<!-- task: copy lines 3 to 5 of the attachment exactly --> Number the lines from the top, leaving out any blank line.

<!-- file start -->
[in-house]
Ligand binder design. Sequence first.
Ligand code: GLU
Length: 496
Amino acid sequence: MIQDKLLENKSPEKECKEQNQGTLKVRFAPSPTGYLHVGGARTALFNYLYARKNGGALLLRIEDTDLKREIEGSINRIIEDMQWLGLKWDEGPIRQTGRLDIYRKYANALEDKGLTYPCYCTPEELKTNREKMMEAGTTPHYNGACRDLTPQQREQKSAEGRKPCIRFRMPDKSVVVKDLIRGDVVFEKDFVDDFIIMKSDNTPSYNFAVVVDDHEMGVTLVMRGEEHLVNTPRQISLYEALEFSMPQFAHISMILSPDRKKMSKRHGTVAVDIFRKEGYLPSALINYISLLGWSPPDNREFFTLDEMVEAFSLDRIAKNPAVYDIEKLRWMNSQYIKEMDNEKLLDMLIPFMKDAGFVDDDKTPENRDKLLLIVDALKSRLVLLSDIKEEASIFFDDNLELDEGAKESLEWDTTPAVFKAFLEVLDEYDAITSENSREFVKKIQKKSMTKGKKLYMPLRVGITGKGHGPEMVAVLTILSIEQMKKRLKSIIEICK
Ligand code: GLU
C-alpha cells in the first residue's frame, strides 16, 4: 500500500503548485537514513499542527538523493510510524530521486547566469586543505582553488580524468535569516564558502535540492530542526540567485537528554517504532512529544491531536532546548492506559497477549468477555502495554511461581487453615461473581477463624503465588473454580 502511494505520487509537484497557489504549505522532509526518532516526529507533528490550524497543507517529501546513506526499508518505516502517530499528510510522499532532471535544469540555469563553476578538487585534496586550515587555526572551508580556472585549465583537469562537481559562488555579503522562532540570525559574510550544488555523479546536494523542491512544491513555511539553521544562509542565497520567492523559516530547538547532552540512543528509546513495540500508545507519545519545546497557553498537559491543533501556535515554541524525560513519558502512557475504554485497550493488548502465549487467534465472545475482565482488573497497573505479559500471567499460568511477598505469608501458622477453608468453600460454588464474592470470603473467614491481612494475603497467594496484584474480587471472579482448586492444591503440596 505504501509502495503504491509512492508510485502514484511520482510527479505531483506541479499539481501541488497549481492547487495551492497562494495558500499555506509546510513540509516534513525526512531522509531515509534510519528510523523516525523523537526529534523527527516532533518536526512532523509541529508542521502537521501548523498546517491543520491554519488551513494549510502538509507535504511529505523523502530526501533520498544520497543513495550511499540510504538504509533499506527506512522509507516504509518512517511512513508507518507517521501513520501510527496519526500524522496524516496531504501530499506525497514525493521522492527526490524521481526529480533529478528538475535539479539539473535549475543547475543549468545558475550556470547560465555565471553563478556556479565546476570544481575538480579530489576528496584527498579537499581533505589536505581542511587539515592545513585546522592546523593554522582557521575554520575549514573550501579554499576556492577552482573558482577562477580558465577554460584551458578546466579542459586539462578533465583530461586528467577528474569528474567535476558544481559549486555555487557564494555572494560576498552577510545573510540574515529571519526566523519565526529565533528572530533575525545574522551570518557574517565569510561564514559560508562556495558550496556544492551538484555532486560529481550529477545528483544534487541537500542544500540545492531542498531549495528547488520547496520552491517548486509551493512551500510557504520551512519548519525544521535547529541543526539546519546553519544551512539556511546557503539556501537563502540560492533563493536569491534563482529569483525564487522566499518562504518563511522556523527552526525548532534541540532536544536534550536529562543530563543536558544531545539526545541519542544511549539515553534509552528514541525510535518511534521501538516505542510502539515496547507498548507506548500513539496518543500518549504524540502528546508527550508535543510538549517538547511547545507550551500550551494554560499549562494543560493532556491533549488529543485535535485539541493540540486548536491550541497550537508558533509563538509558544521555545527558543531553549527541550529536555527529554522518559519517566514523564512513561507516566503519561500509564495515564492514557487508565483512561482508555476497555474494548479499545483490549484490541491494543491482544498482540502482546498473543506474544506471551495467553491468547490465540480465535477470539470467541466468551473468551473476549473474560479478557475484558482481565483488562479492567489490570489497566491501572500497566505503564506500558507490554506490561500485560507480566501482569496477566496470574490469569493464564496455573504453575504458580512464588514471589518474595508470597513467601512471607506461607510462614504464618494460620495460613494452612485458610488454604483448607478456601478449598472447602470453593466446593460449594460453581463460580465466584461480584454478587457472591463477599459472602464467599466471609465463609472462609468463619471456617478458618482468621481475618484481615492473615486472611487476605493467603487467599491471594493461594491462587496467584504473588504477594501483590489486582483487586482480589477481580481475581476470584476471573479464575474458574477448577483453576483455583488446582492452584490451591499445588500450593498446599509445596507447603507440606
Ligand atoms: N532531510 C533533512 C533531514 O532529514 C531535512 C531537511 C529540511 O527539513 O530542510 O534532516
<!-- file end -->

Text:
Ligand code: GLU
Length: 496
Amino acid sequence: MIQDKLLENKSPEKECKEQNQGTLKVRFAPSPTGYLHVGGARTALFNYLYARKNGGALLLRIEDTDLKREIEGSINRIIEDMQWLGLKWDEGPIRQTGRLDIYRKYANALEDKGLTYPCYCTPEELKTNREKMMEAGTTPHYNGACRDLTPQQREQKSAEGRKPCIRFRMPDKSVVVKDLIRGDVVFEKDFVDDFIIMKSDNTPSYNFAVVVDDHEMGVTLVMRGEEHLVNTPRQISLYEALEFSMPQFAHISMILSPDRKKMSKRHGTVAVDIFRKEGYLPSALINYISLLGWSPPDNREFFTLDEMVEAFSLDRIAKNPAVYDIEKLRWMNSQYIKEMDNEKLLDMLIPFMKDAGFVDDDKTPENRDKLLLIVDALKSRLVLLSDIKEEASIFFDDNLELDEGAKESLEWDTTPAVFKAFLEVLDEYDAITSENSREFVKKIQKKSMTKGKKLYMPLRVGITGKGHGPEMVAVLTILSIEQMKKRLKSIIEICK